Virtually Emerging [1]: Metacultural workshops

A workshop is an educational seminar or series of meetings emphasizing interaction and exchange of information among a usually small number of participants. In my opinion this is where the church is headed. We already see many small groups in churches today and it has been taught that the original church operated this way.

A workshop is in many ways like Liquid Church. A short definition of liquid church is that “the church is the church of Jesus Christ and all the individual Christians are united in him” (Ward 2002). A workshop varies from Liquid Church in that it does not need to be by members of the Christian faith, it can be a mixture of believers and non-believers, sharing ideas about religion.

Why are workshops necessary? Like Pete Ward says in his book “Liquid Church” many people… don’t want to meet the congregation (Ward 2002). In a traditional church variety is severely limited by the tastes and predjudices of those who attend (2002). Workshops encourage “you do research on your own then bring all your ideas, good and bad, to the table and we can figure out what makes sense and what doesn’t” (Ward 2002). A workshop allows people to come together in a group in a non-threatining way to discover, rather than be preached to, about culture, God, and anything else that one would like to put “on the table”. Congregations are generally monocultures reflecting the tastes of one or perhaps two different types of people (Ward 2002). My hope is that workshops will be a metacultural experience for all participants. They can combine ideas such as a liquid church and a groove fellowship (dance music enthusiasts who start small groups) into one meeting.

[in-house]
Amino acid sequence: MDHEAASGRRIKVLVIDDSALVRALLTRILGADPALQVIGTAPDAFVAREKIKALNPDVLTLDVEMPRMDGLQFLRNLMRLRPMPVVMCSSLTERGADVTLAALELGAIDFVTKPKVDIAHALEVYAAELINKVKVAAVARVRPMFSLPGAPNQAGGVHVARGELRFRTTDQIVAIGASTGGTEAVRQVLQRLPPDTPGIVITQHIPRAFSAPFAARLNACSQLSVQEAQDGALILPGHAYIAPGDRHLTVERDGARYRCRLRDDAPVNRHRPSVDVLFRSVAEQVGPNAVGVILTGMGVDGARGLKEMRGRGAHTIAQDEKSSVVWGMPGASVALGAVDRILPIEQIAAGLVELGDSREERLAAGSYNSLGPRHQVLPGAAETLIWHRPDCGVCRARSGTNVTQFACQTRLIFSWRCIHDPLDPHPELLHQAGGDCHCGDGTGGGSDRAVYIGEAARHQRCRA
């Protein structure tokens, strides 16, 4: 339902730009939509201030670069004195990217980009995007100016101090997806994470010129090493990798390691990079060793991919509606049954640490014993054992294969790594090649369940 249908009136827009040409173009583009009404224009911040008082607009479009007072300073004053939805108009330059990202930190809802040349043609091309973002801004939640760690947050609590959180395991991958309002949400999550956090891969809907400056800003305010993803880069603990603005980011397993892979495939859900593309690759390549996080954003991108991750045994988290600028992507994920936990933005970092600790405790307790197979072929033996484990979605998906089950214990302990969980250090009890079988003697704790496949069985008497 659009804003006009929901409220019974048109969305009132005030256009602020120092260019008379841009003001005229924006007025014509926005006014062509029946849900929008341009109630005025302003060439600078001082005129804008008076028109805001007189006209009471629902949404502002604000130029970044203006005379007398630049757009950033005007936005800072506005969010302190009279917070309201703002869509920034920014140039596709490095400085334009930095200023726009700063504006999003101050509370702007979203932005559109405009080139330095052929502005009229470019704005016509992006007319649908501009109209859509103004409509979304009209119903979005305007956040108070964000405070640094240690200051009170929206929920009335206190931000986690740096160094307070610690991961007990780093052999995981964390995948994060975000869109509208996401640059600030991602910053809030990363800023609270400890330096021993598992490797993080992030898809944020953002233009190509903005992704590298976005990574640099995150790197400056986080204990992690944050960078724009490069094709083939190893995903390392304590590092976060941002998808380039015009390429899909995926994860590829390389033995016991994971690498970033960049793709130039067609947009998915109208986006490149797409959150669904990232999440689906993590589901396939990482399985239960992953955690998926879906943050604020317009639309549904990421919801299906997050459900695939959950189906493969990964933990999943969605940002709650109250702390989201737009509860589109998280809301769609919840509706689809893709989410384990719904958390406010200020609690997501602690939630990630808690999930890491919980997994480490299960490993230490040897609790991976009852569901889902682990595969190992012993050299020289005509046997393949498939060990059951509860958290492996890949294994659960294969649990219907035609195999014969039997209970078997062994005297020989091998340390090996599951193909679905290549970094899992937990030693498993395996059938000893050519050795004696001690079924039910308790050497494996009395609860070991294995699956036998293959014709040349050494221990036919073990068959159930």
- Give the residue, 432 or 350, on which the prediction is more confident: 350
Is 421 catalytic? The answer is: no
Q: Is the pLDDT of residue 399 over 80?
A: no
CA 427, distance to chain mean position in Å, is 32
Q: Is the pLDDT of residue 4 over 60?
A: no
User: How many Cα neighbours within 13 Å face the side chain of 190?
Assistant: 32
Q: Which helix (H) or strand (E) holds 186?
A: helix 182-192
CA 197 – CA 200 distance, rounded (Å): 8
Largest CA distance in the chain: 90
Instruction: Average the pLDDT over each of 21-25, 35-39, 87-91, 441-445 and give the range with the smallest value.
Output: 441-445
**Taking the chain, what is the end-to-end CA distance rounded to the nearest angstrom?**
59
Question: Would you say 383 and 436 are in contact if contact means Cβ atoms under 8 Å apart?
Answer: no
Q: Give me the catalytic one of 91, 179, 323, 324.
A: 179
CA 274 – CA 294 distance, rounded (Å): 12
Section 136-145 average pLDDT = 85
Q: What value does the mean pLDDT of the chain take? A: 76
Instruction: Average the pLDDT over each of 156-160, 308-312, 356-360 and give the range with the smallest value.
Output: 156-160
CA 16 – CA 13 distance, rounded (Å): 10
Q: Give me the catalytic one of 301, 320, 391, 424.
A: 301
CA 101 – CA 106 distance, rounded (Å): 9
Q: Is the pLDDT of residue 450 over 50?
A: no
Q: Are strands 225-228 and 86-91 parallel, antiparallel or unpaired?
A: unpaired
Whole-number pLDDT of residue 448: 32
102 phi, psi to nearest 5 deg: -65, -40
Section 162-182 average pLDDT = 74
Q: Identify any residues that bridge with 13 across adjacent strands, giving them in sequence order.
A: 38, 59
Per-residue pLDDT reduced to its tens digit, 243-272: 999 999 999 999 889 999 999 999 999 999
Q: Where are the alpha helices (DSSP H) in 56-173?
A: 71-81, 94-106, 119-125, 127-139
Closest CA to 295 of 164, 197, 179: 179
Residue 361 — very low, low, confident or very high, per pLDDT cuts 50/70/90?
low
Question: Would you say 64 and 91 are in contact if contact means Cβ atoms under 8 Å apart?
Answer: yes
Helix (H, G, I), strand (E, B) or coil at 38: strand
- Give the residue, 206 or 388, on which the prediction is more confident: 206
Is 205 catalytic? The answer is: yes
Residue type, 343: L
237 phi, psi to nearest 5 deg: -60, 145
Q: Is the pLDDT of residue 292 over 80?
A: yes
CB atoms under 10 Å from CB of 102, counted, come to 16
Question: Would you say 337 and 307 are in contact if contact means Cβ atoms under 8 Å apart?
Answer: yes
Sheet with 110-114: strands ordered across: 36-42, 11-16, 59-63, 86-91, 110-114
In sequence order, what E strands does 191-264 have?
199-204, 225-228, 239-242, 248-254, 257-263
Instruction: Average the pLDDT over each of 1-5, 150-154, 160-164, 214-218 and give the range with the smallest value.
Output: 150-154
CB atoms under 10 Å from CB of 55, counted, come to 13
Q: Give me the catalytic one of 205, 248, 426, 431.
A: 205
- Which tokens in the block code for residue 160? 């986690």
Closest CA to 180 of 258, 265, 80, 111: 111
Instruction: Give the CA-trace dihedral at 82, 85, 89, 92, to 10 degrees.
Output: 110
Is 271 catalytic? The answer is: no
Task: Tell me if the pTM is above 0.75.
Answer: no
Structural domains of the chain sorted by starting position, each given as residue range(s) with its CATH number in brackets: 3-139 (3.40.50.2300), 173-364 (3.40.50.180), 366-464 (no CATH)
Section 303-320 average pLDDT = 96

Workshops allow a place to meet at a specified time. At participants can schedule a time to meet and discuss a topic online. Once a person registers for a time slot then they can advertise a global meeting to anyone they want to invite.Workshops allow “virtual meeting” places for people who may be separated by long travel distances or who are in different cultures. By blending of cultural ideas we, as Christians, can become better witnesses for Christ. Activites are encouraged in workshops such as polls, use of the whiteboard, fill in the blanks etc.

Like the “Liquid Church” workshops “take the present culture seriously” (Ward 2002). Workshops aim to encourage the idea to be emerging rather than following current trends in society. That being said workshops are still a work in progress and can be modified by anyone at anytime. Thanks. God Bless.

References Ward, P. (2002) Liquid Church. Peabody, Mass: Hendrickson publishers and Paternoster press.

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